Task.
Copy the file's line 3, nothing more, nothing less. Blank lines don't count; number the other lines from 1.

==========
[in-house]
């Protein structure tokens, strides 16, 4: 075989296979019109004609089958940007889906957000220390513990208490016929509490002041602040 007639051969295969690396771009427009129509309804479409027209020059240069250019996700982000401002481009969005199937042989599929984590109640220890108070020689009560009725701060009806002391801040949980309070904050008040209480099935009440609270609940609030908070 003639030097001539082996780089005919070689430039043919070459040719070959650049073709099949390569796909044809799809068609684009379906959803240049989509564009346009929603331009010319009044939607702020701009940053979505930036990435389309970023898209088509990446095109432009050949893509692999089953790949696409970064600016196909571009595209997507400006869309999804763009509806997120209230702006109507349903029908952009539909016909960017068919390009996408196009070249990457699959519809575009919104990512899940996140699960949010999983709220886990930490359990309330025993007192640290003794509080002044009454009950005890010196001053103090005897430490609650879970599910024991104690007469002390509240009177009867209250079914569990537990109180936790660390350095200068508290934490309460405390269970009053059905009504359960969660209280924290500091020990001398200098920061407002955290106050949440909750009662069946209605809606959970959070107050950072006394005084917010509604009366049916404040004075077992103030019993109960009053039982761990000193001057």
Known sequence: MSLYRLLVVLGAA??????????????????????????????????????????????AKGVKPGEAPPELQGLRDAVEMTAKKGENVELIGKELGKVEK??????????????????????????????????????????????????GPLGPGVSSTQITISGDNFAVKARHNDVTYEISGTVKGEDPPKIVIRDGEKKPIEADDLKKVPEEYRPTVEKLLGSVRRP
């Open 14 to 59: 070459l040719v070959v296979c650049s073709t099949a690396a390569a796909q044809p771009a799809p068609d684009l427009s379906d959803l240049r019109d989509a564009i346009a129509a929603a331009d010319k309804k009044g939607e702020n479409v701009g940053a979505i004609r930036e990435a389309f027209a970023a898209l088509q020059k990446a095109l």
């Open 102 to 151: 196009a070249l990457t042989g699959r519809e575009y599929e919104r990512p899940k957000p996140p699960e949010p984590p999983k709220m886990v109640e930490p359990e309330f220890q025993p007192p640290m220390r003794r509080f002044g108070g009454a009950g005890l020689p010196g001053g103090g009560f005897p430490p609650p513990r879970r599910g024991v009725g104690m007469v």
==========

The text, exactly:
Known sequence: MSLYRLLVVLGAA??????????????????????????????????????????????AKGVKPGEAPPELQGLRDAVEMTAKKGENVELIGKELGKVEK??????????????????????????????????????????????????GPLGPGVSSTQITISGDNFAVKARHNDVTYEISGTVKGEDPPKIVIRDGEKKPIEADDLKKVPEEYRPTVEKLLGSVRRP